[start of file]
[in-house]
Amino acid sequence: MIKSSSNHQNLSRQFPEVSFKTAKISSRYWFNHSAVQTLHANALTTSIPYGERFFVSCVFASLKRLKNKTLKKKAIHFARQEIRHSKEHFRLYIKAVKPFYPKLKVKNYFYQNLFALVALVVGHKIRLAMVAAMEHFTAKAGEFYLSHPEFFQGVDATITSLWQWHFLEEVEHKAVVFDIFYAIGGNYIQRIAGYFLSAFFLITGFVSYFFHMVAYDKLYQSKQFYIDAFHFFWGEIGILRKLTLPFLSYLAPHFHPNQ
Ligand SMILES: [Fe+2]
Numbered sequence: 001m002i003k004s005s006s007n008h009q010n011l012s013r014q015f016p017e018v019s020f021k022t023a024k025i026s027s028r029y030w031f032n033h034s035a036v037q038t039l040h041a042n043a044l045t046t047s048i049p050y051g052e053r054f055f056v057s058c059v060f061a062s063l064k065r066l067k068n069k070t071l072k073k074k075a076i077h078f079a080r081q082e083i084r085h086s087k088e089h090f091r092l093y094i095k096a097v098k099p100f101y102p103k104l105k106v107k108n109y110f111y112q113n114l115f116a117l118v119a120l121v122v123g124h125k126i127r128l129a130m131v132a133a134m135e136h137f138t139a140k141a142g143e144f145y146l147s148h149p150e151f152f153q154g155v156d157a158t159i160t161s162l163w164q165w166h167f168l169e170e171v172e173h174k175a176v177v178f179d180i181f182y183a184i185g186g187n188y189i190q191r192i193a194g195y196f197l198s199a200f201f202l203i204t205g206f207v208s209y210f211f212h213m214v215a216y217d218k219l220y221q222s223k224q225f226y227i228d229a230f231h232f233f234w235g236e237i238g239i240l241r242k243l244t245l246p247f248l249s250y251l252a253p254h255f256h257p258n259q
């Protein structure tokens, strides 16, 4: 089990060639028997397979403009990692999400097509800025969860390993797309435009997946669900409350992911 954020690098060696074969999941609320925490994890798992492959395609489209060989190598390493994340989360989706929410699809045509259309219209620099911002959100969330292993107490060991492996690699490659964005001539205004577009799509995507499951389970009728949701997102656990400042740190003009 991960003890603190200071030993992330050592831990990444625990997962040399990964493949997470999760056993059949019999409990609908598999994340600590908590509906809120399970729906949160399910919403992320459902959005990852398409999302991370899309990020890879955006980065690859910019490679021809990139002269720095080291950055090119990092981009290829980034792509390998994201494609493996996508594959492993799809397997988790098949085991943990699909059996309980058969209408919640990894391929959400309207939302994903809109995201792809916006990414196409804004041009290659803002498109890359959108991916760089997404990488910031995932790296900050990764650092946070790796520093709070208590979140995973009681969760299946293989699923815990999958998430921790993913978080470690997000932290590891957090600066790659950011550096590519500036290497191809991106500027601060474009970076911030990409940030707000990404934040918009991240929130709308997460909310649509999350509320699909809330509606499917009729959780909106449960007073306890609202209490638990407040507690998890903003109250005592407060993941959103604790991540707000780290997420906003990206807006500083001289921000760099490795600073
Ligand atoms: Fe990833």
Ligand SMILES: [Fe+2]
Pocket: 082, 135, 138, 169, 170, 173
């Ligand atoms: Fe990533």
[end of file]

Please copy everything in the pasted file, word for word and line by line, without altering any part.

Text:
[in-house]
Amino acid sequence: MIKSSSNHQNLSRQFPEVSFKTAKISSRYWFNHSAVQTLHANALTTSIPYGERFFVSCVFASLKRLKNKTLKKKAIHFARQEIRHSKEHFRLYIKAVKPFYPKLKVKNYFYQNLFALVALVVGHKIRLAMVAAMEHFTAKAGEFYLSHPEFFQGVDATITSLWQWHFLEEVEHKAVVFDIFYAIGGNYIQRIAGYFLSAFFLITGFVSYFFHMVAYDKLYQSKQFYIDAFHFFWGEIGILRKLTLPFLSYLAPHFHPNQ
Ligand SMILES: [Fe+2]
Numbered sequence: 001m002i003k004s005s006s007n008h009q010n011l012s013r014q015f016p017e018v019s020f021k022t023a024k025i026s027s028r029y030w031f032n033h034s035a036v037q038t039l040h041a042n043a044l045t046t047s048i049p050y051g052e053r054f055f056v057s058c059v060f061a062s063l064k065r066l067k068n069k070t071l072k073k074k075a076i077h078f079a080r081q082e083i084r085h086s087k088e089h090f091r092l093y094i095k096a097v098k099p100f101y102p103k104l105k106v107k108n109y110f111y112q113n114l115f116a117l118v119a120l121v122v123g124h125k126i127r128l129a130m131v132a133a134m135e136h137f138t139a140k141a142g143e144f145y146l147s148h149p150e151f152f153q154g155v156d157a158t159i160t161s162l163w164q165w166h167f168l169e170e171v172e173h174k175a176v177v178f179d180i181f182y183a184i185g186g187n188y189i190q191r192i193a194g195y196f197l198s199a200f201f202l203i204t205g206f207v208s209y210f211f212h213m214v215a216y217d218k219l220y221q222s223k224q225f226y227i228d229a230f231h232f233f234w235g236e237i238g239i240l241r242k243l244t245l246p247f248l249s250y251l252a253p254h255f256h257p258n259q
């Protein structure tokens, strides 16, 4: 089990060639028997397979403009990692999400097509800025969860390993797309435009997946669900409350992911 954020690098060696074969999941609320925490994890798992492959395609489209060989190598390493994340989360989706929410699809045509259309219209620099911002959100969330292993107490060991492996690699490659964005001539205004577009799509995507499951389970009728949701997102656990400042740190003009 991960003890603190200071030993992330050592831990990444625990997962040399990964493949997470999760056993059949019999409990609908598999994340600590908590509906809120399970729906949160399910919403992320459902959005990852398409999302991370899309990020890879955006980065690859910019490679021809990139002269720095080291950055090119990092981009290829980034792509390998994201494609493996996508594959492993799809397997988790098949085991943990699909059996309980058969209408919640990894391929959400309207939302994903809109995201792809916006990414196409804004041009290659803002498109890359959108991916760089997404990488910031995932790296900050990764650092946070790796520093709070208590979140995973009681969760299946293989699923815990999958998430921790993913978080470690997000932290590891957090600066790659950011550096590519500036290497191809991106500027601060474009970076911030990409940030707000990404934040918009991240929130709308997460909310649509999350509320699909809330509606499917009729959780909106449960007073306890609202209490638990407040507690998890903003109250005592407060993941959103604790991540707000780290997420906003990206807006500083001289921000760099490795600073
Ligand atoms: Fe990833």
Ligand SMILES: [Fe+2]
Pocket: 082, 135, 138, 169, 170, 173
């Ligand atoms: Fe990533």